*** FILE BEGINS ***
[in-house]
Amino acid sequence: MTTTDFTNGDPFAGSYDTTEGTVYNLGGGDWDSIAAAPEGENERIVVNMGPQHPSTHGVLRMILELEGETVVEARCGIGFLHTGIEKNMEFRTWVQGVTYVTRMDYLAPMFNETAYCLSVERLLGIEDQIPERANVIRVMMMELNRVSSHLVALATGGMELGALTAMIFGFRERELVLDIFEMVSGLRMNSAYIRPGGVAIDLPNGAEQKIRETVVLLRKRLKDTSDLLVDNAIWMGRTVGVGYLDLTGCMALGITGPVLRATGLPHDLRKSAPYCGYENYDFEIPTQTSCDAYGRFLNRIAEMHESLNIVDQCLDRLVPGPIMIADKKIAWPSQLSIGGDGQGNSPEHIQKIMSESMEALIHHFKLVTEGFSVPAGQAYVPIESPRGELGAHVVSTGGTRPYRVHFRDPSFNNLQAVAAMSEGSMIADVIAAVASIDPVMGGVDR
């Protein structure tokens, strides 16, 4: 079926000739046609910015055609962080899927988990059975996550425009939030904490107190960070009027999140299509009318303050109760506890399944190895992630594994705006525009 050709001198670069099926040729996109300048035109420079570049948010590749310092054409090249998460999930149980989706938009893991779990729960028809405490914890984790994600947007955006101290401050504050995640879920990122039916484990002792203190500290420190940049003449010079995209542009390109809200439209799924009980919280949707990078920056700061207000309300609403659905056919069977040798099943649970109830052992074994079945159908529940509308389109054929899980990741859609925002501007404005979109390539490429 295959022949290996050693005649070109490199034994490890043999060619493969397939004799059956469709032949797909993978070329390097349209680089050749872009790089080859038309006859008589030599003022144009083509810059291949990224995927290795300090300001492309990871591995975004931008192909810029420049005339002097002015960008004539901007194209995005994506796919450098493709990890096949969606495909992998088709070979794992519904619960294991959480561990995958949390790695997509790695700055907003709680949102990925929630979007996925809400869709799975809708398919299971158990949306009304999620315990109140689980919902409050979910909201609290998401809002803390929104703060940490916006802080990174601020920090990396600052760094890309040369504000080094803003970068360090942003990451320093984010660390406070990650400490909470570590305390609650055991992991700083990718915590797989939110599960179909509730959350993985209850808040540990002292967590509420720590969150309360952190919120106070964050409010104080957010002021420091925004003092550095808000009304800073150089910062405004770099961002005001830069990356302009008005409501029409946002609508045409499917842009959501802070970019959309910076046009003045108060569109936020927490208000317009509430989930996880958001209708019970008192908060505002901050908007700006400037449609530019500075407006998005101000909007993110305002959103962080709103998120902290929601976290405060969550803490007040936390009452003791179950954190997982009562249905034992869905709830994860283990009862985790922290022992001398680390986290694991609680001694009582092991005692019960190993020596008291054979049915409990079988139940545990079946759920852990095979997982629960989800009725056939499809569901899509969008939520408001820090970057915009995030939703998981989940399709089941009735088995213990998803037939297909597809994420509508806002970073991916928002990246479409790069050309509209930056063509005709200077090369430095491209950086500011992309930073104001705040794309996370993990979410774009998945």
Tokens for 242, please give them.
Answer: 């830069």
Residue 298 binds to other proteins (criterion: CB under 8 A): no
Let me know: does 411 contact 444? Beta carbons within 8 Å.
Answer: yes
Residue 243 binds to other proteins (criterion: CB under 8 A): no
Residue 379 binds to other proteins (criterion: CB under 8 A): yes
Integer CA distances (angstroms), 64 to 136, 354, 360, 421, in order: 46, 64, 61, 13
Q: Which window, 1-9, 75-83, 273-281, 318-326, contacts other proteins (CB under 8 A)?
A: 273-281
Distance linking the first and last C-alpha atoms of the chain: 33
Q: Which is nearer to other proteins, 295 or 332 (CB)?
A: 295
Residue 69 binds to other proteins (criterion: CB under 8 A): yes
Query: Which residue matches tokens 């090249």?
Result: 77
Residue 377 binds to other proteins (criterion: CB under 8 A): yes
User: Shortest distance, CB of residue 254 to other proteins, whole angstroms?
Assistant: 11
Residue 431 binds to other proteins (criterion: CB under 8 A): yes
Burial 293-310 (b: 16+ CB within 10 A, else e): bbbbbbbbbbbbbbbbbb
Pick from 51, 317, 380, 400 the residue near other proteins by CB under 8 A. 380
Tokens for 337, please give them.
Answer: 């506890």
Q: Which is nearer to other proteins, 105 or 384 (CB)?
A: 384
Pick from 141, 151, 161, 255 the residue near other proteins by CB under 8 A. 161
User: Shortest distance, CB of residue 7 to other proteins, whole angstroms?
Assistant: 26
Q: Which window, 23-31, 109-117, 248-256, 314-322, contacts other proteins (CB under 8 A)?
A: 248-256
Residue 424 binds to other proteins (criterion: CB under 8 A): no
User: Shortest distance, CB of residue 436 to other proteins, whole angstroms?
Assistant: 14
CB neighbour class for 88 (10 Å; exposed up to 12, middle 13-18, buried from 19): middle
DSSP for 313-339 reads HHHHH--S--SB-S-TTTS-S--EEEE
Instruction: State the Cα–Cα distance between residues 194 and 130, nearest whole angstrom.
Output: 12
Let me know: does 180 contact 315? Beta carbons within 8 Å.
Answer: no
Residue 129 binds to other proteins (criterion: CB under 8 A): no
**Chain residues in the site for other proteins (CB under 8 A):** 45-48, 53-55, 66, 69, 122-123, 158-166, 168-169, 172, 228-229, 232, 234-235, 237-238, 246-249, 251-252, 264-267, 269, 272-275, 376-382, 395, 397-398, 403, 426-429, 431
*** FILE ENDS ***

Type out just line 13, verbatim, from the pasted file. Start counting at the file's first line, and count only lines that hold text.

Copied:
A: 273-281